We learn what we live.
My Mother, who grew up in a small Illinois town, became the teacher in that town’s one room schoolhouse during the Depression, then married my Dad, who had been one of her classmates in that school, because he had graduated from nearby Knox College with a degree in Physics. They understood that education was the path ahead, and joined the great post war movement off the farm and into the developing suburbs. I was born into the family that shaped me just months after they had bought their first home in a western suburb of Chicago.
My Mom always taught that “children learn what they live,” and my Dad taught me to think like a scientist. Evidence matters.
To me, that explains what I call Family Therapy.
When someone calls with a problem, I begin to think about the context of the problem and how it is described by the person I’m speaking with. I try to understand how the problem being discussed is located in the caller’s cultural and economic circumstances and where they are in what we call the Family Live Cycle. I attempt to get a picture of the relationships the caller has to the resources that might be needed to solve the problem.
For me, family therapy is not so much about healing some illness or wound in the way that individual therapy often does. It is about helping clients come to an understanding of “What is the right thing to do.” It is a moral conversation in which sometimes difficult questions about parenting, sexuality, money, and family roles are the domain of discussion.
Family therapy is a clinical practice that is more about how I think as a therapist, than how many people are in the consulting room. As the family therapist, I bring my own values of respect for all beings, fair play and honesty in conversations and solutions, to the attempt to understand how to guide clients. I also bring an expert’s understanding of human development and emotional life, vastly updated by recent work in neuroscience that has deepened our understanding of how conflict and collaboration are organized in our minds. This work has made it clear to many of us that there is much power for change in working from this perspective.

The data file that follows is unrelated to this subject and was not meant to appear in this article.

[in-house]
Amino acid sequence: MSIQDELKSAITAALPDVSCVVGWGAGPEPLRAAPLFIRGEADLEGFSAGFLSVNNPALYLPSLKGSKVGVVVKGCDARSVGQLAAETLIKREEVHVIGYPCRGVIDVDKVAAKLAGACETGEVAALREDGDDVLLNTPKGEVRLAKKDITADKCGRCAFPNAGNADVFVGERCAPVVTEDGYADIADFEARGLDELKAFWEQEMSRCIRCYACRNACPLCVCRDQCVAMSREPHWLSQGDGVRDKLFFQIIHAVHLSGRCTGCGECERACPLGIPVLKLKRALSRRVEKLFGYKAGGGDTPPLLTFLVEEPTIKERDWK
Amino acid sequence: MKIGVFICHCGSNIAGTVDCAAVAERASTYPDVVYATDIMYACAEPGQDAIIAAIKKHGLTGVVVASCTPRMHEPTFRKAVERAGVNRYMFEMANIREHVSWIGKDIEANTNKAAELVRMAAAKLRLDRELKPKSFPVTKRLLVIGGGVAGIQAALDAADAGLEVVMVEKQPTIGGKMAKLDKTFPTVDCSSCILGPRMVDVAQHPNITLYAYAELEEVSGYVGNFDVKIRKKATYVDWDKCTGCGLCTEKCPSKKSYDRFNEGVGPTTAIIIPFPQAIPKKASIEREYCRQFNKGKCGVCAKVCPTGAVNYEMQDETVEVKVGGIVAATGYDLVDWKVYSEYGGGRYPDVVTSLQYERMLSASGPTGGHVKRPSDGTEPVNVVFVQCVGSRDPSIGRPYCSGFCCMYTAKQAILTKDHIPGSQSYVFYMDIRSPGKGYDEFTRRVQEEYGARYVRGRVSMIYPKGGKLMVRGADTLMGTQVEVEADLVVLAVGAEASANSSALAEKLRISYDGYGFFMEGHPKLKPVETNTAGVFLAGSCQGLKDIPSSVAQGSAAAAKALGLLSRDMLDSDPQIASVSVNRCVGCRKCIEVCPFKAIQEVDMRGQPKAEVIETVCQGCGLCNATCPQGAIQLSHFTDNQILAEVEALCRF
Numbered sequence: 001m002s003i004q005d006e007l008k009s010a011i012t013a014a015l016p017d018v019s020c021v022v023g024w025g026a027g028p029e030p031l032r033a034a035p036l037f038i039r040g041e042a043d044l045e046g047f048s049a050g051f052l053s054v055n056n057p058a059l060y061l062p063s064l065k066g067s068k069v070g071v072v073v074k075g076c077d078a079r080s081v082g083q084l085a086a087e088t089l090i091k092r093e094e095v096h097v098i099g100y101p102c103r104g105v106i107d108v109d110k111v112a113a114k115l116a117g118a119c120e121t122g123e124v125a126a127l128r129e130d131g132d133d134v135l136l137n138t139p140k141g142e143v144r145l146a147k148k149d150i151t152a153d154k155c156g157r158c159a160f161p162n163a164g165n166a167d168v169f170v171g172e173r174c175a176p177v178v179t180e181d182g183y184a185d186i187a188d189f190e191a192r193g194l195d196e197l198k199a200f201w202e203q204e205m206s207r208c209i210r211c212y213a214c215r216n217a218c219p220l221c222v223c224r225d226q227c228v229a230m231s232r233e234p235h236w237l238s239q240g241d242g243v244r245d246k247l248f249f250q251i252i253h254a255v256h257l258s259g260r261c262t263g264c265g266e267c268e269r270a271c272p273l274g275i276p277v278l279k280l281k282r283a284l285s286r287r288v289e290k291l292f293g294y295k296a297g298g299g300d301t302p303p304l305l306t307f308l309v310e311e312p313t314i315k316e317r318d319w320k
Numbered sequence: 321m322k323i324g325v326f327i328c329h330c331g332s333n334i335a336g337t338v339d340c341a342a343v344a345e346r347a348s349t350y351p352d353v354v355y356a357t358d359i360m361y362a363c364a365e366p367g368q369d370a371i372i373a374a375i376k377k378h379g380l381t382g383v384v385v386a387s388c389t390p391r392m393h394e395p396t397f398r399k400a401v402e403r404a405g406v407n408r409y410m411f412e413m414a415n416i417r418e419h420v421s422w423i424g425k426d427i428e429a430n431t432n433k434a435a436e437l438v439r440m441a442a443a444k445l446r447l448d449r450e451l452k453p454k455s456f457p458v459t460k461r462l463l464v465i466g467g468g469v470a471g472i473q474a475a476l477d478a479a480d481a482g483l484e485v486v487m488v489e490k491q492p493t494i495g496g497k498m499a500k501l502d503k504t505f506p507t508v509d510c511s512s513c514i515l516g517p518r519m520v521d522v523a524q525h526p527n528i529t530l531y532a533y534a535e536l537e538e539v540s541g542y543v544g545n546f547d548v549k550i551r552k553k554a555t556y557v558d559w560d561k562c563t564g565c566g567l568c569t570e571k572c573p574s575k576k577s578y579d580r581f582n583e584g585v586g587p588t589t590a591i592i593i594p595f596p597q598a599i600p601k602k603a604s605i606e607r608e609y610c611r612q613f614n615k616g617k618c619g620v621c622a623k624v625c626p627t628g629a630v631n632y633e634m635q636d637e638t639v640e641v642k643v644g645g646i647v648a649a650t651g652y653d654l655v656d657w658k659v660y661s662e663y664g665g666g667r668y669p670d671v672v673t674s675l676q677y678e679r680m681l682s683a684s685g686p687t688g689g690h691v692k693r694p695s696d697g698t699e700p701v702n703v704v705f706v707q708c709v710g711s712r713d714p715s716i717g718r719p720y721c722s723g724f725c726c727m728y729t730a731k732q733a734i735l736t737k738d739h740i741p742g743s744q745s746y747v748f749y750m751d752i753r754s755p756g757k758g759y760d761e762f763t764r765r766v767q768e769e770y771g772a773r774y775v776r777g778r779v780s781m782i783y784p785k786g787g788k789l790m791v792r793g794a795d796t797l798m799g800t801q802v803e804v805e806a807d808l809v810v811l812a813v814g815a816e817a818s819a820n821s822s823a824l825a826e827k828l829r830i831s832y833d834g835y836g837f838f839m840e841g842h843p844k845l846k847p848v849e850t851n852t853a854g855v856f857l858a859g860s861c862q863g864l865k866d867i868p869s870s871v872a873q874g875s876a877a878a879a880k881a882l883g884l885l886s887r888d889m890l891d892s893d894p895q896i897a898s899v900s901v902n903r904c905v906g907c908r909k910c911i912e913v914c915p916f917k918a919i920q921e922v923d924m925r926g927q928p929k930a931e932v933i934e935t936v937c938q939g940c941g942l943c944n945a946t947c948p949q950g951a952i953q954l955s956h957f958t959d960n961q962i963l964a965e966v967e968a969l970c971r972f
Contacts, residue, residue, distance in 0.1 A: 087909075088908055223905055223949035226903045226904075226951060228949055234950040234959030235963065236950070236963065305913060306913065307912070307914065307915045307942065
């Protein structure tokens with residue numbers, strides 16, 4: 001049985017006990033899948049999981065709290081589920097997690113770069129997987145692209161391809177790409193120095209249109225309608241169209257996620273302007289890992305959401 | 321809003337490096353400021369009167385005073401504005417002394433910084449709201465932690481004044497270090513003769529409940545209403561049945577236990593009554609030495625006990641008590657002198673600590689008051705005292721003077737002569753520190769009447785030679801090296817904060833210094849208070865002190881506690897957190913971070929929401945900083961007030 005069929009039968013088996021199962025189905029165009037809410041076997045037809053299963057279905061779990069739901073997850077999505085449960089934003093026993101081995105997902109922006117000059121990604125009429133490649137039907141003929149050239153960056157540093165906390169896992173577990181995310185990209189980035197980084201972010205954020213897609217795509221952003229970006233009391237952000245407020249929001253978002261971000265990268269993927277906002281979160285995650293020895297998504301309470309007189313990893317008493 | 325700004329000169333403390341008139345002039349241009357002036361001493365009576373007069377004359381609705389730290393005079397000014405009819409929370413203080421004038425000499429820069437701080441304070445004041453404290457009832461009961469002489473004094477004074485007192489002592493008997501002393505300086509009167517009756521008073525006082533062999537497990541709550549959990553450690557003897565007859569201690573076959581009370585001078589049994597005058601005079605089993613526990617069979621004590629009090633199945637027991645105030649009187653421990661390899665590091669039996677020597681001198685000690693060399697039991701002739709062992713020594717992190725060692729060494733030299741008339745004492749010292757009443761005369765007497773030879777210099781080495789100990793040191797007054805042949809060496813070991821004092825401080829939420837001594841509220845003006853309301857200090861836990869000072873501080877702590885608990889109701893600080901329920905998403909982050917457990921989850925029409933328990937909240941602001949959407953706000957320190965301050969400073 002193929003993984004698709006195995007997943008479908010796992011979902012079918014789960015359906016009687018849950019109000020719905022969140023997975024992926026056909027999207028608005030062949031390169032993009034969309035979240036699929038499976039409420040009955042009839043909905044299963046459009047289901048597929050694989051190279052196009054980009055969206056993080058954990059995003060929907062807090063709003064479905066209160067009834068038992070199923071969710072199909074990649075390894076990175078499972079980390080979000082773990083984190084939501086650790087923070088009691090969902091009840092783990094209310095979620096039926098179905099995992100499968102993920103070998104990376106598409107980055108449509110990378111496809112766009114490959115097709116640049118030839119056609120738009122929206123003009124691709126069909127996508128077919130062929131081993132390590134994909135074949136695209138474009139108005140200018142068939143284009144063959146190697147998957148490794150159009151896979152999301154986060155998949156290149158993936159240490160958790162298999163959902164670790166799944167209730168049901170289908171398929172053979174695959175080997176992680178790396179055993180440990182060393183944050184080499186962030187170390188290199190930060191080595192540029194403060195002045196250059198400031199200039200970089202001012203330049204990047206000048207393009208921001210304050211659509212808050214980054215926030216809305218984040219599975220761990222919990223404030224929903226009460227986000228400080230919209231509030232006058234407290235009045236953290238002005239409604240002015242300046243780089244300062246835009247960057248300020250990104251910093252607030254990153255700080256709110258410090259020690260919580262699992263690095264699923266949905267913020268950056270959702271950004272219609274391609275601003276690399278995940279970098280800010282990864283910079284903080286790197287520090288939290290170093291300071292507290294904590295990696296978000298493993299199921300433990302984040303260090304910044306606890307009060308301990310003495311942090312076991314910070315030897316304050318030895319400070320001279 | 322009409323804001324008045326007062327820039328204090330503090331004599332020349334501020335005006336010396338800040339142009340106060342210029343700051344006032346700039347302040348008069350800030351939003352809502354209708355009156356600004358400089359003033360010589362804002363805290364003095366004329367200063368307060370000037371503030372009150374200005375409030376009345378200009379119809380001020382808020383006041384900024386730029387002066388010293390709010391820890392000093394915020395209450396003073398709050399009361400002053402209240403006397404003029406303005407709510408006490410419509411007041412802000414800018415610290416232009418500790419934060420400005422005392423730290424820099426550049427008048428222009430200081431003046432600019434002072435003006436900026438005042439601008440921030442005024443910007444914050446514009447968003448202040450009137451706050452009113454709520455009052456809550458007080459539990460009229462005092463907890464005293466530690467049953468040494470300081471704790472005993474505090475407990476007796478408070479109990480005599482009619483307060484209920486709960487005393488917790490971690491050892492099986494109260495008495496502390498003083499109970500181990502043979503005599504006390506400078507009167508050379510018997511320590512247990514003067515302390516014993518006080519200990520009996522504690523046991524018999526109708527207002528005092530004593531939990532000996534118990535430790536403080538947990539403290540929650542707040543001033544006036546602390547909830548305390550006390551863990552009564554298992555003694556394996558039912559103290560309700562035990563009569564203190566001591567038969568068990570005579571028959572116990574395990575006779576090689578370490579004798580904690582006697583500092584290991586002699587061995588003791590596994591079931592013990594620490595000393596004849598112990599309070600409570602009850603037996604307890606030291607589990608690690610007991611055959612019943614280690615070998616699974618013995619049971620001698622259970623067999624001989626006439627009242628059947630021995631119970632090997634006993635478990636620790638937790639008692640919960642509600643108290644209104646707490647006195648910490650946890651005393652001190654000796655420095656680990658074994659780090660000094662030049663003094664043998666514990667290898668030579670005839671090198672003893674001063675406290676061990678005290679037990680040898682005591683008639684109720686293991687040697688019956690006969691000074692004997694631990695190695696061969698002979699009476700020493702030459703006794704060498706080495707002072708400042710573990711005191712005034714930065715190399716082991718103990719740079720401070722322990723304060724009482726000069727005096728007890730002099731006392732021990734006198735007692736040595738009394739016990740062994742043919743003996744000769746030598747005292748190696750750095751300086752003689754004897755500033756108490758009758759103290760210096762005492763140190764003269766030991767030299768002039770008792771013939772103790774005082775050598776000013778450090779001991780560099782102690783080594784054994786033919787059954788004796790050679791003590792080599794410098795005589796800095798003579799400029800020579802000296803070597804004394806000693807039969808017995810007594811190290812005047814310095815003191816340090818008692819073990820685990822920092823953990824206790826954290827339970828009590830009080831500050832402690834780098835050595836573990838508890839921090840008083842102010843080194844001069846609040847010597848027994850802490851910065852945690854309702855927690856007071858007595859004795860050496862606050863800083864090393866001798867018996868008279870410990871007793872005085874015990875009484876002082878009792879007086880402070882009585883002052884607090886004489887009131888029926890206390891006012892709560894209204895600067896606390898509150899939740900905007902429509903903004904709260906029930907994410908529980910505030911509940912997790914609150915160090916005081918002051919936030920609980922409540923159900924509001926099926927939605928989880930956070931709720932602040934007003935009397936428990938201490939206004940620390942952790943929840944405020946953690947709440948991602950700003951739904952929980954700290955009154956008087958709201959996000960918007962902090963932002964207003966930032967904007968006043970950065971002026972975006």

What this means in my work is that I spend time and energy helping clients think about the relational worlds that shape their possibilities and needs. Sometimes that means bringing other people into the consulting room. This is an entirely collaborative project, and it is important that my clients understand and trust that.
If you think the perspective I’ve just described might be useful to your problem, give me a call.